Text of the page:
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Senior pros in the hunt at 2013 Masters

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  • Weather:

    Mix of clouds and sun early in the day, clouds moving in later. High 77.

    Television

    2-7 p.m., CBS (WBTV, channel 3)



AUGUSTA, Ga. Fred Couples isn’t the only aging wonder at the Masters. There’s also Bernhard Langer. Plus more notes from the third round at Augusta.

Fred Couples isn’t the only aging wonder at the Masters.

There’s also Bernhard Langer, 55, who, after an even-par 72 Saturday is just five strokes out of the lead at 209 and tied for ninth with Rickie Fowler, Steve Stricker, Lee Westwood and Jim Furyk.

Langer, who won the Masters in 1993, shrugged off any idea that he or Couples, 53, are too old to contend at Augusta National.

“I didn’t say we couldn’t contend,” said Langer. “It’s very difficult to win on a long course like this. But at the same time, I say it’s going to happen that a senior player is going to win a major championship.

“Tom Watson has almost done it. Fred Couples can do it at any given moment and there’s a few of us that might do it, too. It’s going to happen.”

Notes

•  It was a long day for Phil Mickelson, who couldn’t get anything going on his way to a 5-over 77. He’s 8-over for the tournament (224).

“It (was) a beautiful day here, you cannot get a more majestic day here at the Masters,” said Mickelson. “I just played terrible.”

•  Tim Clark, who played at N.C. State, had the best round of the day, a 5-under 67, which leaves him four strokes behind the leaders at 213. Clark started the day 2 over, but five birdies moved him onto the leader board. He twice went back-to-back with birdies on Nos. 6, 7 and 13, 14. After finishing second in the season-opening Sony Open in Hawaii, Clark has struggled, including a missed cut at Bay Hill.

Clark recovered from a 76 Friday to shoot the lowest score of his 35 rounds at Augusta on Saturday.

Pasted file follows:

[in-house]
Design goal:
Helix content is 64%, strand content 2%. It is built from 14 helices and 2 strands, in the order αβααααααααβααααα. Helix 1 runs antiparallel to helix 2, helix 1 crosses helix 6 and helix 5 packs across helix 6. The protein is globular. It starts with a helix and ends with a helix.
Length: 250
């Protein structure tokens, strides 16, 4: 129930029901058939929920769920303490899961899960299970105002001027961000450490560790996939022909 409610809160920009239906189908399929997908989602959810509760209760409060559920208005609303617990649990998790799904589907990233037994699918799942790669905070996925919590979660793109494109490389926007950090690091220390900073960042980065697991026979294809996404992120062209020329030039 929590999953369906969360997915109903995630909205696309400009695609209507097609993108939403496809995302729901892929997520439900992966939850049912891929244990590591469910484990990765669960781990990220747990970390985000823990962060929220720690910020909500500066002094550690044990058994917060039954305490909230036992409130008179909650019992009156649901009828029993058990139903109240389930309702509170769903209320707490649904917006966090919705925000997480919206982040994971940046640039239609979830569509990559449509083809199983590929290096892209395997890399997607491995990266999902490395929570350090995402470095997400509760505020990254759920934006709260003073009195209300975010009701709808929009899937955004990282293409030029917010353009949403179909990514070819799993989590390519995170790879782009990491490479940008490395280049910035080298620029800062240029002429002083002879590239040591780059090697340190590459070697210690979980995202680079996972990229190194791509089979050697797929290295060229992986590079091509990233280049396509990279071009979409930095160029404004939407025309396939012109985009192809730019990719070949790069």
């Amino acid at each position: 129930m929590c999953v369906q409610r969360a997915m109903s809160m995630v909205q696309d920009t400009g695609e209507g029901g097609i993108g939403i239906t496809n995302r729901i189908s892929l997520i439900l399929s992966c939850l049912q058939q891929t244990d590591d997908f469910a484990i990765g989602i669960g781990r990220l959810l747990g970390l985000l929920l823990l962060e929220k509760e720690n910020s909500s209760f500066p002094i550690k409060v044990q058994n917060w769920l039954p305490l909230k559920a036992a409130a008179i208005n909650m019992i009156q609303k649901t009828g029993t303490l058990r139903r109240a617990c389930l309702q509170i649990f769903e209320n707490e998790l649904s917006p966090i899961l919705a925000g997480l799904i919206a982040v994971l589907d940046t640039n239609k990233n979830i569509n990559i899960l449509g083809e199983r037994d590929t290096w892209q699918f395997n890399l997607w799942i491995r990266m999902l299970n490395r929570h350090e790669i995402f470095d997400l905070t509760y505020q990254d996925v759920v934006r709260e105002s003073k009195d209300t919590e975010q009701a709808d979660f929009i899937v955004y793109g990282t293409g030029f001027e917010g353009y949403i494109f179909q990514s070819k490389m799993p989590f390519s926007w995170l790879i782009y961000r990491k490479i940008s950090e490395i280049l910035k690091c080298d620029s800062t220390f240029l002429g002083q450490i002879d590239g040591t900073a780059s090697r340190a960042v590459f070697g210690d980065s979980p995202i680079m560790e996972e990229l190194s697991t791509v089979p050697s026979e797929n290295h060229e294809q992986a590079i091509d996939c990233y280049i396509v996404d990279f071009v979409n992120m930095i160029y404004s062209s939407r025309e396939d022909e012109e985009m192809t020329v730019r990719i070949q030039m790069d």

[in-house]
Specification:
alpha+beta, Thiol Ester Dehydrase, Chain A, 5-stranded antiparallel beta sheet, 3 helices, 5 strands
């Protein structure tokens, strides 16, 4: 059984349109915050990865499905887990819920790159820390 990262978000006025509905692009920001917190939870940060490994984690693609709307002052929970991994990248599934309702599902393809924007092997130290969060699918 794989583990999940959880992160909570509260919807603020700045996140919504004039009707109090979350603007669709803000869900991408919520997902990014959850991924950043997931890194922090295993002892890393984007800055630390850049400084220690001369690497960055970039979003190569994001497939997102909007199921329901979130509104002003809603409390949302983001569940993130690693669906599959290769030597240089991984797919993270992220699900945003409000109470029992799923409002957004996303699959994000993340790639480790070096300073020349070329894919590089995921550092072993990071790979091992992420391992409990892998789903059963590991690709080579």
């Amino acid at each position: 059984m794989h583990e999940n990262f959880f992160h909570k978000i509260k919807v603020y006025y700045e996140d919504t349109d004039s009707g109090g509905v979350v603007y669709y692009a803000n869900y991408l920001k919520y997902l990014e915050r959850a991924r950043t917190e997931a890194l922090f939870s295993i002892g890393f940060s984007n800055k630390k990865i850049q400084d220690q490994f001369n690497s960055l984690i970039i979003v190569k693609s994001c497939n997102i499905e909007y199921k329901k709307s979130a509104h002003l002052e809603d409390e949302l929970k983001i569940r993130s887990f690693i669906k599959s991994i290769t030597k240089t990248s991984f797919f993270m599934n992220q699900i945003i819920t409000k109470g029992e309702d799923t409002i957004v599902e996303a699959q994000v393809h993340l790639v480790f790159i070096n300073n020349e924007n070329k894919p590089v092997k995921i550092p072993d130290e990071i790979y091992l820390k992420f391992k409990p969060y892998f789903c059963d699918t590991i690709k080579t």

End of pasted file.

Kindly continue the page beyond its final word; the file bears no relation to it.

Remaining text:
“The worst thing I could have done (Friday) was probably go and practice and grind over it,” said Clark. “I just had to kind of let it go.”

•  A day after being penalized a stroke for slow play, Chinese teenager Guan Tianlang had birdie-less 77 (225 total). Guan, the youngest player in Masters history, has gone 36 consecutive holes without a birdie, the last one coming on the 18th hole of the first round.

Observations

•  Rory McIlroy had a 7-over 79 that took him right out of contention. Seems like that happens to him every year at the Masters.

•  After Friday’s winds, things calmed way down on Saturday. But the dry conditions are setting up greens that promise to be fast and treacherous on Sunday.

Brandt Snedeker and Jason Day were models of consistency Saturday, both opening their rounds with 12 consecutive pars. Snedeker went one way – to the lead – after that, while Day went the other way – into a tie for fourth.

•  If Tiger Woods, who was docked two strokes for an illegal drop, loses by one or two shots Sunday, there’s going to be quite the uproar. The fact that he’s still in contention – down by four strokes – is pretty amazing, given that he gave up those two shots.

By the numbers

3: Australians in the top five (Adam Scott, Marc Leishman and Jason Day). No Aussie has ever won the Masters.

85.71: Percent of fairways hit (36 of 42) by Tim Clark, best in the tournament.

300.3: Average drive distance of Thorbjorn Olesen, longest of the tournament.

Quoting

“Very boring.” – Bernhard Langer, describing his even-par round 72, which included one birdie and one bogey.

“Right, which is weird.” – Bubba Watson, when asked if he knew a television viewer called in to say Woods had made an illegal drop.

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